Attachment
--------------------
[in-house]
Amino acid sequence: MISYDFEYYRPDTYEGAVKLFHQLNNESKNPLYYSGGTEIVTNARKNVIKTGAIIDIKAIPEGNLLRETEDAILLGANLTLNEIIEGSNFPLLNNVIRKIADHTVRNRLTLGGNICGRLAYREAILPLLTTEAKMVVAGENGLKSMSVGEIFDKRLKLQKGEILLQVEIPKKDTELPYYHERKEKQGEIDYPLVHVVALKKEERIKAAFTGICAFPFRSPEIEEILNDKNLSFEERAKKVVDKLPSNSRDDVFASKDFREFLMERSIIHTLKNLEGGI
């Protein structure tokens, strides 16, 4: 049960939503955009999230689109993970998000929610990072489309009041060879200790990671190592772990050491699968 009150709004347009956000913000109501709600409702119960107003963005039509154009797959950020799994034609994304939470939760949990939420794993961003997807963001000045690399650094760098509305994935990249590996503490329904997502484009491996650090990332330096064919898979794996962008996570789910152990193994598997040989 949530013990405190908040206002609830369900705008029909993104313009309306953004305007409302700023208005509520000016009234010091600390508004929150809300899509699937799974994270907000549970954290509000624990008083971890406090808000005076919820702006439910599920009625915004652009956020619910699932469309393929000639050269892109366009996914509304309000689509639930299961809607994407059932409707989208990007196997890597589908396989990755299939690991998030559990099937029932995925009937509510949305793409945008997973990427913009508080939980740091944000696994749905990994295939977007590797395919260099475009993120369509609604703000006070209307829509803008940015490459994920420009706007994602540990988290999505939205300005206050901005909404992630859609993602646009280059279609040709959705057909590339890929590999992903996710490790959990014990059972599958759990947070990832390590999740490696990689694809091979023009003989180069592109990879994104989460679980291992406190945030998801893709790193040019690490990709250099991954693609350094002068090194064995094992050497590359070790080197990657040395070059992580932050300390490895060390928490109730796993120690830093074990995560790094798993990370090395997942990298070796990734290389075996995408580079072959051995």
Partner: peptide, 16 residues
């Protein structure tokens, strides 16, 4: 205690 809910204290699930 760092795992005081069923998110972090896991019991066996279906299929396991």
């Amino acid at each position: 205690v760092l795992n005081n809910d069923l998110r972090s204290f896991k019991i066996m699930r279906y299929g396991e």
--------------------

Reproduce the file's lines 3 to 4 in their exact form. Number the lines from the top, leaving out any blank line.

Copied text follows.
């Protein structure tokens, strides 16, 4: 049960939503955009999230689109993970998000929610990072489309009041060879200790990671190592772990050491699968 009150709004347009956000913000109501709600409702119960107003963005039509154009797959950020799994034609994304939470939760949990939420794993961003997807963001000045690399650094760098509305994935990249590996503490329904997502484009491996650090990332330096064919898979794996962008996570789910152990193994598997040989 949530013990405190908040206002609830369900705008029909993104313009309306953004305007409302700023208005509520000016009234010091600390508004929150809300899509699937799974994270907000549970954290509000624990008083971890406090808000005076919820702006439910599920009625915004652009956020619910699932469309393929000639050269892109366009996914509304309000689509639930299961809607994407059932409707989208990007196997890597589908396989990755299939690991998030559990099937029932995925009937509510949305793409945008997973990427913009508080939980740091944000696994749905990994295939977007590797395919260099475009993120369509609604703000006070209307829509803008940015490459994920420009706007994602540990988290999505939205300005206050901005909404992630859609993602646009280059279609040709959705057909590339890929590999992903996710490790959990014990059972599958759990947070990832390590999740490696990689694809091979023009003989180069592109990879994104989460679980291992406190945030998801893709790193040019690490990709250099991954693609350094002068090194064995094992050497590359070790080197990657040395070059992580932050300390490895060390928490109730796993120690830093074990995560790094798993990370090395997942990298070796990734290389075996995408580079072959051995």
Partner: peptide, 16 residues